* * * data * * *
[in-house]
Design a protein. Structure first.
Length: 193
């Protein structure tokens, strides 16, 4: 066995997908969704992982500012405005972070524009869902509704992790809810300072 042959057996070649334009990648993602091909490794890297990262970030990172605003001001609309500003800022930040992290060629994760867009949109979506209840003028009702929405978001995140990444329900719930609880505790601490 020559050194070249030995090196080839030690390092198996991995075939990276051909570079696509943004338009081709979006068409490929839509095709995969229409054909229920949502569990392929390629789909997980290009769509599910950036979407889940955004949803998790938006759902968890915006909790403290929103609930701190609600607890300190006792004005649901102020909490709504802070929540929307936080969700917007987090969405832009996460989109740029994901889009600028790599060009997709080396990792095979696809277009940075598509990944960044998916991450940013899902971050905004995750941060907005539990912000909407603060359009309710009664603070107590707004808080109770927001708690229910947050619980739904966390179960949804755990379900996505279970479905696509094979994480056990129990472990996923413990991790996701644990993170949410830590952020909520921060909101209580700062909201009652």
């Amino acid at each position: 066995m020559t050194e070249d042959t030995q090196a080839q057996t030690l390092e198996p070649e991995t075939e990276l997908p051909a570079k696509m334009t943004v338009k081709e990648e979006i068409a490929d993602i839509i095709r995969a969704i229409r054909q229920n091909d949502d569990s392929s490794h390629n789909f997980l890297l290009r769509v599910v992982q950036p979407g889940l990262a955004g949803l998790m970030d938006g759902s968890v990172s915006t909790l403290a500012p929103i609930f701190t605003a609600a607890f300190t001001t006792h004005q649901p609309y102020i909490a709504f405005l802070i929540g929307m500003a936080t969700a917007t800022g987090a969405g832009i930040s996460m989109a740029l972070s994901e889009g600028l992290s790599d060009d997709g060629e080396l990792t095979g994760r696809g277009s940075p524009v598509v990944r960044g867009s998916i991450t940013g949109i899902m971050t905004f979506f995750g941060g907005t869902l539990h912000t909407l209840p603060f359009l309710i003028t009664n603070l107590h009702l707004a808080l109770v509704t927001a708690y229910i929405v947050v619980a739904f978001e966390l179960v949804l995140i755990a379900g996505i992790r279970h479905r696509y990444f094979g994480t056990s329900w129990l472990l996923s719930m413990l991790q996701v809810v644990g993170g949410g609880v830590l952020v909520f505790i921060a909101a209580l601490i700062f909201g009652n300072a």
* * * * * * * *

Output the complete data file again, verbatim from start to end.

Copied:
[in-house]
Design a protein. Structure first.
Length: 193
């Protein structure tokens, strides 16, 4: 066995997908969704992982500012405005972070524009869902509704992790809810300072 042959057996070649334009990648993602091909490794890297990262970030990172605003001001609309500003800022930040992290060629994760867009949109979506209840003028009702929405978001995140990444329900719930609880505790601490 020559050194070249030995090196080839030690390092198996991995075939990276051909570079696509943004338009081709979006068409490929839509095709995969229409054909229920949502569990392929390629789909997980290009769509599910950036979407889940955004949803998790938006759902968890915006909790403290929103609930701190609600607890300190006792004005649901102020909490709504802070929540929307936080969700917007987090969405832009996460989109740029994901889009600028790599060009997709080396990792095979696809277009940075598509990944960044998916991450940013899902971050905004995750941060907005539990912000909407603060359009309710009664603070107590707004808080109770927001708690229910947050619980739904966390179960949804755990379900996505279970479905696509094979994480056990129990472990996923413990991790996701644990993170949410830590952020909520921060909101209580700062909201009652």
């Amino acid at each position: 066995m020559t050194e070249d042959t030995q090196a080839q057996t030690l390092e198996p070649e991995t075939e990276l997908p051909a570079k696509m334009t943004v338009k081709e990648e979006i068409a490929d993602i839509i095709r995969a969704i229409r054909q229920n091909d949502d569990s392929s490794h390629n789909f997980l890297l290009r769509v599910v992982q950036p979407g889940l990262a955004g949803l998790m970030d938006g759902s968890v990172s915006t909790l403290a500012p929103i609930f701190t605003a609600a607890f300190t001001t006792h004005q649901p609309y102020i909490a709504f405005l802070i929540g929307m500003a936080t969700a917007t800022g987090a969405g832009i930040s996460m989109a740029l972070s994901e889009g600028l992290s790599d060009d997709g060629e080396l990792t095979g994760r696809g277009s940075p524009v598509v990944r960044g867009s998916i991450t940013g949109i899902m971050t905004f979506f995750g941060g907005t869902l539990h912000t909407l209840p603060f359009l309710i003028t009664n603070l107590h009702l707004a808080l109770v509704t927001a708690y229910i929405v947050v619980a739904f978001e966390l179960v949804l995140i755990a379900g996505i992790r279970h479905r696509y990444f094979g994480t056990s329900w129990l472990l996923s719930m413990l991790q996701v809810v644990g993170g949410g609880v830590l952020v909520f505790i921060a909101a209580l601490i700062f909201g009652n300072a």